Babies Are Born with “Intuitive Physics” Knowledge 

Yes, babies are born knowing yet more than we thought….

Applying Pigment to a Surface from Teacher Tom

“Art-play is the process through which we understand.” Love the ideas, love the photos.


Do Interruptions Interfere with Early Breastfeeding

53 interruptions in the first 12 hours….seems over the top. But this made me wonder how having more than one child may affect early breastfeeding.

The Return of Wet Nursing  

Money for milk? Who would have thought? This brings up all kinds of strange wonderings…


Homebirth by State 

A map of homebirth percentages in 2009 by state. Fascinating trends.

Dads at the Core of the Experience: Pregnancy guest post by Empowered Papa on The Feminist Breeder

A series about what dads can do during pregnancy, birth, postpartum and breastfeeding. What a genius idea! This is the first of the four….

I Am a Tandem Nurser!

I joyfully shout this inside my head.

I had already shifted my focus to being a tandem nurturer. I partially came up with this term for myself through processing my sadness and disappointment that I probably would not be tandem nursing my children. After realizing the probable source of my daughter’s nose obsessionforced weaning caused by my pregnant body’s refusal to make milk, I wondered “Am I still a breastfeeding mama?” I feared that my nursing relationship with my daughter was ended without me even knowing when.

How many weeks (months?) had gone by without her asking to nurse?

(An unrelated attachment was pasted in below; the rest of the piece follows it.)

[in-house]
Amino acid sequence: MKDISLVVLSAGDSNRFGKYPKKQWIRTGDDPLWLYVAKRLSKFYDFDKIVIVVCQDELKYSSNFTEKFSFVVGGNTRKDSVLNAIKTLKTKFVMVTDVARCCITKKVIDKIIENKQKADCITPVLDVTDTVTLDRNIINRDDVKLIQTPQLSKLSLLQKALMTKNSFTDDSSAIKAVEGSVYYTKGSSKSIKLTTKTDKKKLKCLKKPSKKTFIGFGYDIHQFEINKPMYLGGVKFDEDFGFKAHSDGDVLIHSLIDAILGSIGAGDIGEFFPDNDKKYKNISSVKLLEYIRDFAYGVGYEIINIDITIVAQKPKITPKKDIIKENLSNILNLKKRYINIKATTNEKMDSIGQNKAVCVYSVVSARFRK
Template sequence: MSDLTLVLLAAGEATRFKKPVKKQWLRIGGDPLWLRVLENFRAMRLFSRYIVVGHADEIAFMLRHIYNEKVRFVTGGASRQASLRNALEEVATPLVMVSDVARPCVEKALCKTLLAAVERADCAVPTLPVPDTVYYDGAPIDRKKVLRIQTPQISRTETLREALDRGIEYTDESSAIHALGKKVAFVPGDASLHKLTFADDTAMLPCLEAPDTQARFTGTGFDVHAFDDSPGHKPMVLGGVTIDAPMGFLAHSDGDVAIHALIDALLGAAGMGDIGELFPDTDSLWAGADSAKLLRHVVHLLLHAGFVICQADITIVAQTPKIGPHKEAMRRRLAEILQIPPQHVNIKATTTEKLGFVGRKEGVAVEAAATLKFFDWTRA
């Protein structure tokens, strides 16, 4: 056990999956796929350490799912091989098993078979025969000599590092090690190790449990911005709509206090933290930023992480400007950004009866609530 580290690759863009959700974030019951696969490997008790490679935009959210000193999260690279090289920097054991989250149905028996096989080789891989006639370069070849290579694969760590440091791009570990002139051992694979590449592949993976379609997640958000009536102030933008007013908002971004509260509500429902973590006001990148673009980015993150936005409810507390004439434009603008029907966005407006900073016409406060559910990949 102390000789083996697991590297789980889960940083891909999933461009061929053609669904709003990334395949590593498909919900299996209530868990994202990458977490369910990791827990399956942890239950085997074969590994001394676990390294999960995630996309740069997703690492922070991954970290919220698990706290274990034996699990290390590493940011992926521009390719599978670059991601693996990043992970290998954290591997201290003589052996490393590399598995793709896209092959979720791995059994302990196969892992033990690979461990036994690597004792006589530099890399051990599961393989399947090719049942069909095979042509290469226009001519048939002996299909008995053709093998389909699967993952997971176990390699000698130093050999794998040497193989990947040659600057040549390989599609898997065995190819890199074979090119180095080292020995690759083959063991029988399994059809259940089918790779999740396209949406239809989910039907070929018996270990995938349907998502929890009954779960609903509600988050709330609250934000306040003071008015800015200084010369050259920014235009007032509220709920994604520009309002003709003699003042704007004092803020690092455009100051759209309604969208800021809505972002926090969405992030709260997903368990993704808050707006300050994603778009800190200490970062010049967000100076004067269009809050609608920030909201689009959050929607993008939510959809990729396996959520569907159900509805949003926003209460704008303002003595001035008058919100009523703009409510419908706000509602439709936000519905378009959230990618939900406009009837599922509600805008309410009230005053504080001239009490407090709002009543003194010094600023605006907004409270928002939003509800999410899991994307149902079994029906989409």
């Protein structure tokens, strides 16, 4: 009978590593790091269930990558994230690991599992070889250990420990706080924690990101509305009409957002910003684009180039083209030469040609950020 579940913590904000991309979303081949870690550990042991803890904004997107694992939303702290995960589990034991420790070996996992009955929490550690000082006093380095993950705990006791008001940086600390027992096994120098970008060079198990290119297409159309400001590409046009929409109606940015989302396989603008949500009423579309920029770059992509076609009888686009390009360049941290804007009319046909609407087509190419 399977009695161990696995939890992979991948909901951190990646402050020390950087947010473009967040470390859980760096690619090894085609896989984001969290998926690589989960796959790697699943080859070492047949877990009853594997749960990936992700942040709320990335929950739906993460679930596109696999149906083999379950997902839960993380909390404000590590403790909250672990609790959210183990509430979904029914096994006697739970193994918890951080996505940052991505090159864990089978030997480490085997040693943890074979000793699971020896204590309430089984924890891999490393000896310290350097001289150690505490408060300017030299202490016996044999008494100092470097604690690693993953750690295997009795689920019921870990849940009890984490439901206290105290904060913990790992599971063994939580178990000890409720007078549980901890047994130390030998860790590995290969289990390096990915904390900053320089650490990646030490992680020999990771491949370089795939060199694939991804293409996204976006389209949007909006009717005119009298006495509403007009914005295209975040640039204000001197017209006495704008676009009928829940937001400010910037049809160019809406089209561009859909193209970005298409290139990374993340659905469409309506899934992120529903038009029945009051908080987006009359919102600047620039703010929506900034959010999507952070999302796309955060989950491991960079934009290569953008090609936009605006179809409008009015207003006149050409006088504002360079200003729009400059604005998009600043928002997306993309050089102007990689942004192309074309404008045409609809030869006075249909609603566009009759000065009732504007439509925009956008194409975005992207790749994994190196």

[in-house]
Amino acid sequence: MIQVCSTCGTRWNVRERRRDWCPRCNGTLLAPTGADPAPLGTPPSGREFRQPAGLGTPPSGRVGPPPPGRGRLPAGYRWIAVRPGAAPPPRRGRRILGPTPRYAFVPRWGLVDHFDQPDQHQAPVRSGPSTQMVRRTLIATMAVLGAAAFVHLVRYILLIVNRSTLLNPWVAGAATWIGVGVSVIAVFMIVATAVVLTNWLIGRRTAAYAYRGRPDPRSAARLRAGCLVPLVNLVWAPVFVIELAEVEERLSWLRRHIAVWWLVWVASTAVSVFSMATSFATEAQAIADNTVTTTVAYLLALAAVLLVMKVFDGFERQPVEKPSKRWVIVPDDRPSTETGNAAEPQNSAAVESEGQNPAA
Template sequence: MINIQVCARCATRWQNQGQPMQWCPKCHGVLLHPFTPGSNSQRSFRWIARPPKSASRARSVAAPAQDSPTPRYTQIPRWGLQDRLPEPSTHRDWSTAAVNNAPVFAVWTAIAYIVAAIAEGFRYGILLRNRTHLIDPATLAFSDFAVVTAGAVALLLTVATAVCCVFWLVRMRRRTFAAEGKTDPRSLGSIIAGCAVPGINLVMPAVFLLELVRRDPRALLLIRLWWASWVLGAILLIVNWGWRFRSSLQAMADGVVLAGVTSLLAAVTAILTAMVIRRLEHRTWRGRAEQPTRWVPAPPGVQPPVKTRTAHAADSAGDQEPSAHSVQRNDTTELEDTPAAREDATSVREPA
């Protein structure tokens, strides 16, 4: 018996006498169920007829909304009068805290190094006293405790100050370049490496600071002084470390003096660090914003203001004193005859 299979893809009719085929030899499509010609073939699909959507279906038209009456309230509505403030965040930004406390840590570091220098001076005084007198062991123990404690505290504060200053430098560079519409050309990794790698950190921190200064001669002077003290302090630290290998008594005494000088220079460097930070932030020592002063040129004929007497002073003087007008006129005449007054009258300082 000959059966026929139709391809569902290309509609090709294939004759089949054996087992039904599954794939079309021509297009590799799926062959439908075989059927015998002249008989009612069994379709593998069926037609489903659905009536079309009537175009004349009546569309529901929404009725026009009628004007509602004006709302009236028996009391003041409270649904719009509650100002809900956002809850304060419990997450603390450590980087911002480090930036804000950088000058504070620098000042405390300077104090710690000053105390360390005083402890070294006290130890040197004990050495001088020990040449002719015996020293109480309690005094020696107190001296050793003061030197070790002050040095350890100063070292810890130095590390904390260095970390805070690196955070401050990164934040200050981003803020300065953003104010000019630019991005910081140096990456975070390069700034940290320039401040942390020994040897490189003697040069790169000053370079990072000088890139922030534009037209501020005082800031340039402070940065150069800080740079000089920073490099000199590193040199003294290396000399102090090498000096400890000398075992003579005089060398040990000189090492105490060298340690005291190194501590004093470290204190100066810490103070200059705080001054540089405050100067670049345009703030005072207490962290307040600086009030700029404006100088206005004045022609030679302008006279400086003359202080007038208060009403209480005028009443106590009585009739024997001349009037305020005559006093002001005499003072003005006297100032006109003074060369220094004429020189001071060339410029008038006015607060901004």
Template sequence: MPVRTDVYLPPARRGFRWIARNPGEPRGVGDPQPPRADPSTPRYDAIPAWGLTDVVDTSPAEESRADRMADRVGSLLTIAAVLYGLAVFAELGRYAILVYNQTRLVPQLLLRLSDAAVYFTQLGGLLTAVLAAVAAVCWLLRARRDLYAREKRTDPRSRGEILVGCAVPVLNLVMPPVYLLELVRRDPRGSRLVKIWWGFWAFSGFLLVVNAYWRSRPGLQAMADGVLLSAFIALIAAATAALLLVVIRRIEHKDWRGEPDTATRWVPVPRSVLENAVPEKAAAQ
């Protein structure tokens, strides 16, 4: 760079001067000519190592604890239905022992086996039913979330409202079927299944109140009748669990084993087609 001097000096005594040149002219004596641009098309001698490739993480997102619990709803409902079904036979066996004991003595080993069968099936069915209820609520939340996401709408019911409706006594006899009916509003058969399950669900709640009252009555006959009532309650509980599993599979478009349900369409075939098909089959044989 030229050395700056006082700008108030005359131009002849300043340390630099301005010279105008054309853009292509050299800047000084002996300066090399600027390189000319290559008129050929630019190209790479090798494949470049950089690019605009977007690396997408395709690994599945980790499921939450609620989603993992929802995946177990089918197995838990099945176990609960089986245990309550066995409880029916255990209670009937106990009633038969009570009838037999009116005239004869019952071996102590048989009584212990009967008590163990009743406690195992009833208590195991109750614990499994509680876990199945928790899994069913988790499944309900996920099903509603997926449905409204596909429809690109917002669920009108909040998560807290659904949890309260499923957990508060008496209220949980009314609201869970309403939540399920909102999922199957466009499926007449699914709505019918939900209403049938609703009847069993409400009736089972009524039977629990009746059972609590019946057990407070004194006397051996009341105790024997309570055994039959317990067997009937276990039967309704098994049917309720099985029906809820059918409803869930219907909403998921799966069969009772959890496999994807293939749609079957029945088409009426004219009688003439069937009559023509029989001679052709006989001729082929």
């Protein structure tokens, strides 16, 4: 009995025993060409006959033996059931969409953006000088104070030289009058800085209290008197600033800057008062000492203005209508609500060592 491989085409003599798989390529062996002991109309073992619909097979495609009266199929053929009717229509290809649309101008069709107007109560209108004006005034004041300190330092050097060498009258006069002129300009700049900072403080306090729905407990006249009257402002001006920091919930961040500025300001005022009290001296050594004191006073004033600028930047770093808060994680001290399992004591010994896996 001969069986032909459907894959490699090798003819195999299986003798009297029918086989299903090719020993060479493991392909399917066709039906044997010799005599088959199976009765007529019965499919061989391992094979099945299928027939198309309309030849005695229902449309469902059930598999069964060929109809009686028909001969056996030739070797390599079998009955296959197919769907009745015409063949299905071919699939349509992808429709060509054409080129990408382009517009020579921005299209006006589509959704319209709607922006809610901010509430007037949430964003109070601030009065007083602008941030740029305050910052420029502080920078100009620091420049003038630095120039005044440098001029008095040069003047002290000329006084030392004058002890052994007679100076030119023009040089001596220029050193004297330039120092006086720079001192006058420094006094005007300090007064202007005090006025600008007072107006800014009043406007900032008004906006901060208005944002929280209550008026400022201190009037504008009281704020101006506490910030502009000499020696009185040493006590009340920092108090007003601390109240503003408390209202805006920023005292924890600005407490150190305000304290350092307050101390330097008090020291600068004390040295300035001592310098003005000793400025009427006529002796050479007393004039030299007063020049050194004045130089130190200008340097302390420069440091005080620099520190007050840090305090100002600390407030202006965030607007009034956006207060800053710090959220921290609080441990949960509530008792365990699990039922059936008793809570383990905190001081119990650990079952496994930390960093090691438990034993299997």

I found myself choosing clothes without having to consider if I could nurse in them or not. I knew I would be thinking about nursing clothes again because of the baby, but I wondered often if somehow I would be able to be a tandem nurser after the birth. I worried that when my milk came back that my daughter wouldn’t have interest, so I was hopeful when she started getting curious from watching all the birth videos. One time before the birth, she asked to nurse, and I found that my aversion was less intense. Despite these positive signs, I questioned whether she would remember how to latch. (She wasn’t that great to begin with.)

The day baby came, I happily nursed when she asked (and made sure to take pictures in case it never happened again), but my worst fears were realized — she couldn’t latch!

She didn’t seem to remember, and when I tried to help it made things worse. My milk didn’t really come in for a week, which didn’t help either. (I think that maybe happened because I wanted to leave baby in the light treatment for jaundice so I didn’t get to hold him much, which stimulates milk production.) She asked to nurse once or so a day, and I still felt a bit of agitation. I was also frustrated and fried (emotionally and literally) from the 24-hr light therapy and the strain of staying positive about baby’s health. I began to think maybe we were both trying, but it just wasn’t going to happen.

Enter the milk.

When my milk came in, I cried inside…again, for joy. I felt relief from worry that I wasn’t going to be able to feed my newborn baby well. Some of my joy came from renewed hope that with actual milk coming out (and forcefully) that my daughter would somehow begin nursing.

My daughter blessed me for my perpetual hope by nursing!